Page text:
Many tourist come to the Saguaro National Park during the summer to experience and “survive” the intense heat, but after spending one too many summers working out in the extreme heat, I prefer the spring. The weather is warm, the wildflowers are blooming everywhere, and you are more likely to get a glimpse of wildlife.
When you’re finished touring this picturesque area, Canyon Ranch in Tucson is a wonderful place to enjoy the luxurious side of the Sonoran desert, located just east of the Park.
Organ Pipe Cactus National Monument
This has to be one of my favorite places to visit in the spring. The wildflowers are abundant, the area feels pristine and alive with wildlife. Don’t be afraid to take the road less traveled. There are some breathtakingly beautiful canyon areas underneath drifting majestic white clouds. It’s a birders and photographers paradise.
There are places to camp within the park, scenic drives and roads for biking. Be aware that temperatures can get hot, so pack plenty of water and keep you and your family well hydrated. Kids dehydrate quicker than adults, so keep a close eye on them and be sure to watch for signs of dehydration (dry mouth, headaches and fatigue).
Ajo Mountain scenic drive is one of the most popular drives in the area. January through March a free three-hour ranger guided van tour is available, but space is limited so make reservation ahead of time by signing up at the Kris Eggle Visitor Center. Another popular scenic drive is the Puerto Blanco Drive. It’s a 37 mile drive with access to Pinkley Peak Picnic Area, Red Tanks trail head, Senita Basin and Quitobaquito Springs.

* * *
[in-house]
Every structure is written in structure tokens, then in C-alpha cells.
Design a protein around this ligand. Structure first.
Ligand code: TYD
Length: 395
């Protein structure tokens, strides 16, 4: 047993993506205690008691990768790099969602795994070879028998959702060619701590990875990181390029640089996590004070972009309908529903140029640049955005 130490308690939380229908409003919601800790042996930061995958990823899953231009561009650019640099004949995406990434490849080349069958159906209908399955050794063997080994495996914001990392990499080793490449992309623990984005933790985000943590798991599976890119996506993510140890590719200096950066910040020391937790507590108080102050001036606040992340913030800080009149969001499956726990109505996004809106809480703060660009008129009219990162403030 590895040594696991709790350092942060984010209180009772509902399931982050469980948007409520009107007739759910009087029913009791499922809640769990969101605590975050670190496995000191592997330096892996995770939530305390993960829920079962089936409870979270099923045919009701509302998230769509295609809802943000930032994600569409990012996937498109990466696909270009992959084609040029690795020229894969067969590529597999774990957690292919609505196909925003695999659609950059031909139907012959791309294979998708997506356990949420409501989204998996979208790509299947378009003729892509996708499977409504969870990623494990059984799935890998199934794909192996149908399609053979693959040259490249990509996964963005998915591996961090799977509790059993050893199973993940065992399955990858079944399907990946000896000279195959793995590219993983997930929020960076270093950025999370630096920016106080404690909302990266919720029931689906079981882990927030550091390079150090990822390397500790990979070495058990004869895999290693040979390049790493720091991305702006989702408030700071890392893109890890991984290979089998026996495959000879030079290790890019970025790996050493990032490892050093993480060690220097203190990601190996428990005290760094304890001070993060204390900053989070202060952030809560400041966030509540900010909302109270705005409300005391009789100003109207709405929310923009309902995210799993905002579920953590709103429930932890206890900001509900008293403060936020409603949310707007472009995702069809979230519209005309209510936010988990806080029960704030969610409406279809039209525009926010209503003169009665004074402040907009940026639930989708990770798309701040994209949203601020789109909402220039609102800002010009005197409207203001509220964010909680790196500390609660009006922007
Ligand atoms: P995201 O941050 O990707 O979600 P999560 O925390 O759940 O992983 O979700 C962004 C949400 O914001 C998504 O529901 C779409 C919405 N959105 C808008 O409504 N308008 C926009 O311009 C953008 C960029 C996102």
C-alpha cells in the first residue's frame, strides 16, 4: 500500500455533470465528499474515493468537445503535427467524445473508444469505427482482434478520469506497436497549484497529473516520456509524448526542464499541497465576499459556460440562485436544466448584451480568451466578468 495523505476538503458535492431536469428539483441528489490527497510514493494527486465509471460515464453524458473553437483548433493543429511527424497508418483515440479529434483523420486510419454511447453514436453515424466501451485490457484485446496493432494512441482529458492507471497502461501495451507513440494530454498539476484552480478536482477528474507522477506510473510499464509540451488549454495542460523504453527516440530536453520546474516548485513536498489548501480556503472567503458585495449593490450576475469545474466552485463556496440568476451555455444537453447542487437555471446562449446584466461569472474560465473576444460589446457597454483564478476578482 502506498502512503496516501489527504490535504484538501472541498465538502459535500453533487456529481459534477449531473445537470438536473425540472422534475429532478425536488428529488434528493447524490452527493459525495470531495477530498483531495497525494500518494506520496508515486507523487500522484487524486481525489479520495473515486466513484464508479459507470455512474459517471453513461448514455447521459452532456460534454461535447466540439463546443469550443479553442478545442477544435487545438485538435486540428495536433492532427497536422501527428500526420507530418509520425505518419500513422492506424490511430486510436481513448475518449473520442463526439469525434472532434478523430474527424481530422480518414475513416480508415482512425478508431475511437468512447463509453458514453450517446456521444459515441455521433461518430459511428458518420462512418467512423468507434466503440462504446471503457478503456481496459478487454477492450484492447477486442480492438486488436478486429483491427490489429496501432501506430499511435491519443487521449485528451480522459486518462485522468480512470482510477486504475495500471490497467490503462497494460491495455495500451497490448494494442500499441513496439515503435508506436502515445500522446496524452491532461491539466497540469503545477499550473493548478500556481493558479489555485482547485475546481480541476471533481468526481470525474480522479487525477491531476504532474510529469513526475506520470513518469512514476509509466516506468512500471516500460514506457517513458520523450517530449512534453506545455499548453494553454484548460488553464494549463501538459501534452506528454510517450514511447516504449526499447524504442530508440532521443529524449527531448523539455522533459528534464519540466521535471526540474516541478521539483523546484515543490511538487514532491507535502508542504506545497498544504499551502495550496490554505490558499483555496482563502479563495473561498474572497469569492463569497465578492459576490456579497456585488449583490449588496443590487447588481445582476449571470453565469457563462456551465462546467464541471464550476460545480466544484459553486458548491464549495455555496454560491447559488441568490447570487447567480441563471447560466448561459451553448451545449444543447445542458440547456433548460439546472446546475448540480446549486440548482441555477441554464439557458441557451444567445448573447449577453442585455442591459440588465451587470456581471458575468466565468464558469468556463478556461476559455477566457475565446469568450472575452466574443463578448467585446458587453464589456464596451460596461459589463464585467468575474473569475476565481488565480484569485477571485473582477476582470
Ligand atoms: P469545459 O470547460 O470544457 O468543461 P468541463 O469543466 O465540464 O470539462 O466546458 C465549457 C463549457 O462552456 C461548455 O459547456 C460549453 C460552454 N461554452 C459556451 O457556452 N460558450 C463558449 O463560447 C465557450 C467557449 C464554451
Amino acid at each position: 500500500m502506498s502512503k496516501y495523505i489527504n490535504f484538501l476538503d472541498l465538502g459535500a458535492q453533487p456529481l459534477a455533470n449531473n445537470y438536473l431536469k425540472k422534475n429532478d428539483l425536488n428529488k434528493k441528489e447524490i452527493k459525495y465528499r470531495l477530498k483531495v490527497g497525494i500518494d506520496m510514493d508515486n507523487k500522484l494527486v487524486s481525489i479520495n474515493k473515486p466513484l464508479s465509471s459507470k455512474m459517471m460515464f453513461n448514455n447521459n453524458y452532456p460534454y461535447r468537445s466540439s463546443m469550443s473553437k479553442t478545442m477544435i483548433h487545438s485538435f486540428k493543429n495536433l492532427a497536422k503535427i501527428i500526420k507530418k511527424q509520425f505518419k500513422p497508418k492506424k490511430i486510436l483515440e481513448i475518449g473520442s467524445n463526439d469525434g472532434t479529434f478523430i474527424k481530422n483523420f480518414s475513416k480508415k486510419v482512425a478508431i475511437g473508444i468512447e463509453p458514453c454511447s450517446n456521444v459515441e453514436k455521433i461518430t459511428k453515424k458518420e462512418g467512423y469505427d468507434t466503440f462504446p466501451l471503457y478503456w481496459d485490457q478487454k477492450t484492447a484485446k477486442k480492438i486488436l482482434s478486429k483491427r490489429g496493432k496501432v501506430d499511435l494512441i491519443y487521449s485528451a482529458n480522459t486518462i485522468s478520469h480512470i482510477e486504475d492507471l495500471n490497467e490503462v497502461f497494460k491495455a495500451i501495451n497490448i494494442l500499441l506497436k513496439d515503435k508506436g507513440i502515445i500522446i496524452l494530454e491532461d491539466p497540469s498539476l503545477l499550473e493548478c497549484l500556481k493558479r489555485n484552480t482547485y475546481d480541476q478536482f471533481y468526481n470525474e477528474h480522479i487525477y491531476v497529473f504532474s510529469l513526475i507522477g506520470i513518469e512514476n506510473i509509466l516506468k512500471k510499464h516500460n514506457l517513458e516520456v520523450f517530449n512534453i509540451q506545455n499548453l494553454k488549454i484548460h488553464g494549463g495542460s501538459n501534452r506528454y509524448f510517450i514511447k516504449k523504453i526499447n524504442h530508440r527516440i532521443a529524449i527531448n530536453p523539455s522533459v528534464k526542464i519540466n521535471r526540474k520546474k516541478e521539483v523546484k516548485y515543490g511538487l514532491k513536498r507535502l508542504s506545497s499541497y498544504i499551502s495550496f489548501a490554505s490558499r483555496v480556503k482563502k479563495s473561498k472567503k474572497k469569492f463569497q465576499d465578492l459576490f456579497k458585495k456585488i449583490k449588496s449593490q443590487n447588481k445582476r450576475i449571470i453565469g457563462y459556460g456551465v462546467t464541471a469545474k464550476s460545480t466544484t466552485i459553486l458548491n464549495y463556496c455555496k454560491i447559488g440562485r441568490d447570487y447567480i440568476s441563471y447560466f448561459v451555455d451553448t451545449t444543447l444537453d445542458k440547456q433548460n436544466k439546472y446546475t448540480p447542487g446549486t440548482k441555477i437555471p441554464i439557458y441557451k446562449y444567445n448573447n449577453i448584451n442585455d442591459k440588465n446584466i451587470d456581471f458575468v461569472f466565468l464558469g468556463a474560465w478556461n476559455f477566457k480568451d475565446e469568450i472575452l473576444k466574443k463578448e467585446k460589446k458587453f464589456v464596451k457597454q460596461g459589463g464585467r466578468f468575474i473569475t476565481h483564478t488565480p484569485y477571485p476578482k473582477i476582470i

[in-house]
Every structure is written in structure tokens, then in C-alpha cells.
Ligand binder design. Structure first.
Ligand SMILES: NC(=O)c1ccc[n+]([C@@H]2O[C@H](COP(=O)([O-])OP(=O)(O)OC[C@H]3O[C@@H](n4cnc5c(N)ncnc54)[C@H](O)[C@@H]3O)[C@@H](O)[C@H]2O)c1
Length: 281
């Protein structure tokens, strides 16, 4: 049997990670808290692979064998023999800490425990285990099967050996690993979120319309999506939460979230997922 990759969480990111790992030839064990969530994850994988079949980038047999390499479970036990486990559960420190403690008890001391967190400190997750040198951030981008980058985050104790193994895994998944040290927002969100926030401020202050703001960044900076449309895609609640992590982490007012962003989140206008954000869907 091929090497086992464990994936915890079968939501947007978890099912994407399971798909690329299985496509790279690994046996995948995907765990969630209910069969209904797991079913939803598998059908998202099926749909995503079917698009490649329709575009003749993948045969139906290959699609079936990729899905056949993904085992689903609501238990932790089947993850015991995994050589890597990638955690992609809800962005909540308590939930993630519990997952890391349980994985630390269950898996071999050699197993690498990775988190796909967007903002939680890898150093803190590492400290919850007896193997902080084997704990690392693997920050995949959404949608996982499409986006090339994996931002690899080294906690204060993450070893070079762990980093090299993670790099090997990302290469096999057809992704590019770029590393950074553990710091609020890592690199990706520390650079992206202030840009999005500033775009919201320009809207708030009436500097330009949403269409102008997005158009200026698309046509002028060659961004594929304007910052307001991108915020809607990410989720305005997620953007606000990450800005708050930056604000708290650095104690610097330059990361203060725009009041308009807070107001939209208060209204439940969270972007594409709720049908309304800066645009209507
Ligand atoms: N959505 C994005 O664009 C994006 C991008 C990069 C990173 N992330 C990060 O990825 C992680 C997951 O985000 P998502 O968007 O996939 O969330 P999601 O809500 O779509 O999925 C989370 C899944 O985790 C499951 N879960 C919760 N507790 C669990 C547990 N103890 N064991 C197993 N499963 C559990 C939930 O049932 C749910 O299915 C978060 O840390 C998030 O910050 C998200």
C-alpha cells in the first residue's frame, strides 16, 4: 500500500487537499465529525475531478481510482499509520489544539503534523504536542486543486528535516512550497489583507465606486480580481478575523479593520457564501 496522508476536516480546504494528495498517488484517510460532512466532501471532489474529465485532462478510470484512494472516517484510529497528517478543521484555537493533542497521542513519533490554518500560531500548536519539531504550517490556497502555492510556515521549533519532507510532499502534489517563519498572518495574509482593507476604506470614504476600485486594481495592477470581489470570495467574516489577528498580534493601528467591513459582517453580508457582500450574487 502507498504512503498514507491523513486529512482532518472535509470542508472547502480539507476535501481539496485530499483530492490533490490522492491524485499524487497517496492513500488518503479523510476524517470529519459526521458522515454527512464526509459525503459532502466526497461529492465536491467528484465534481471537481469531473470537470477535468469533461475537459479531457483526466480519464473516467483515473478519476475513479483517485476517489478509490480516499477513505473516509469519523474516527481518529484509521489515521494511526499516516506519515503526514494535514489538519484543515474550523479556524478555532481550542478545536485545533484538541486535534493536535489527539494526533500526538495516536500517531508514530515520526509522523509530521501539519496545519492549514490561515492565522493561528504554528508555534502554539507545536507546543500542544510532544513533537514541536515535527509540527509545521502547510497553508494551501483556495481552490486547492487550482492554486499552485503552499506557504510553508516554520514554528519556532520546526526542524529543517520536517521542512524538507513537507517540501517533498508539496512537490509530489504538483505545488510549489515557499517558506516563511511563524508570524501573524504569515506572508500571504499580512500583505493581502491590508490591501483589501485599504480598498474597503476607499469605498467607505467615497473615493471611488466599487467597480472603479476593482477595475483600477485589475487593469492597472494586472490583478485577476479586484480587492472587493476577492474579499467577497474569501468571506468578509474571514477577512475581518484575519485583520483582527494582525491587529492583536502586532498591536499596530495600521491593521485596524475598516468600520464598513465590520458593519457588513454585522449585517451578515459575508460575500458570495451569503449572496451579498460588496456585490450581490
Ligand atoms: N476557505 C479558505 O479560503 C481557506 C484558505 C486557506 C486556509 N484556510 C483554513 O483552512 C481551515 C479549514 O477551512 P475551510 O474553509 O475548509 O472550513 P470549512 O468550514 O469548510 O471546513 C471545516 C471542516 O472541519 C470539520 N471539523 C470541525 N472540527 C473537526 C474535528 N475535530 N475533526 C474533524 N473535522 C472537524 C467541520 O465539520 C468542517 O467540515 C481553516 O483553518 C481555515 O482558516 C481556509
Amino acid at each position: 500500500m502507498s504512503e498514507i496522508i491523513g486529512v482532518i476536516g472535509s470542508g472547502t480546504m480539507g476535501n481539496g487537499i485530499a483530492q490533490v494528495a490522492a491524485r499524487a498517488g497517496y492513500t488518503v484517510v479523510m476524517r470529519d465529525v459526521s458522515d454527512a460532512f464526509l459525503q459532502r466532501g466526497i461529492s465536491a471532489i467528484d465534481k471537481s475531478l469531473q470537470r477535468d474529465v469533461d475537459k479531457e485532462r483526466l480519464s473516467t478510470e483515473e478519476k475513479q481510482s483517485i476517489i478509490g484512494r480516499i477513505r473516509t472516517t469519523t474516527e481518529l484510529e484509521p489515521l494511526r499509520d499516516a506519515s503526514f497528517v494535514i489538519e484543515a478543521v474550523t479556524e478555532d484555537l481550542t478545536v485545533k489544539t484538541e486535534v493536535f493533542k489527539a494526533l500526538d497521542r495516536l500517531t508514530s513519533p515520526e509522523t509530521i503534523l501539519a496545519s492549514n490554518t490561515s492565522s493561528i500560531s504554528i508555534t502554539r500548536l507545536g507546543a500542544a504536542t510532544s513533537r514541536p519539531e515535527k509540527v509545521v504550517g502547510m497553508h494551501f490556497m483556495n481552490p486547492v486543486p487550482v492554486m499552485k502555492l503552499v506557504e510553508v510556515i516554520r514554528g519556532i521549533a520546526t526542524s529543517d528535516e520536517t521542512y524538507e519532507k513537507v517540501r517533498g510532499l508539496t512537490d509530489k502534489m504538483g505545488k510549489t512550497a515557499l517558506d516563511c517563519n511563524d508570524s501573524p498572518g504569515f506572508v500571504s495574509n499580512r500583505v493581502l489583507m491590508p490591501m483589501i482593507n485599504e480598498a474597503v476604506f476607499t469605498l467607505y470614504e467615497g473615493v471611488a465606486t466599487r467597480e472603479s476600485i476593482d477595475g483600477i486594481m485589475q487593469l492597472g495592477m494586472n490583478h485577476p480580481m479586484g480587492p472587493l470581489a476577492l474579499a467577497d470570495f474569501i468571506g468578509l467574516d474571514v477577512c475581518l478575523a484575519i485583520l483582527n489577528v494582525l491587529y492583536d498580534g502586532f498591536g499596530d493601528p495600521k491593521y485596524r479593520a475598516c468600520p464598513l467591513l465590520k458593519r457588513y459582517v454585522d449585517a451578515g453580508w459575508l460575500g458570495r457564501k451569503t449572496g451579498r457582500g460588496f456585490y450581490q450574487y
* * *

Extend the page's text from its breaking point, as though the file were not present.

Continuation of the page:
Montezuma’s Castle National Monument
An ancient Pabloan cliff dwelling dating back to 1100 AD, the Sinagua people built this structure 90 feet up a limestone cliff, possibly to escape the flooding of the river below. This impressive structure of limestone is located near the town of Camp Verde, off Interstate 17, at exit 289.
A short distance from the visitor center, you arrive at the base of the castle. Unfortunately, visitors are no longer allowed inside the dwelling, but you can visit the site any day of the year, except Christmas, from 8 a.m to 5 p.m.
The 1/3 mile hike also takes you through a beautiful sycamore forest and along spring-fed Beaver Creek. Temperatures are very mild in this area, but you could get a few spring showers, so be sure to check the weather before you go.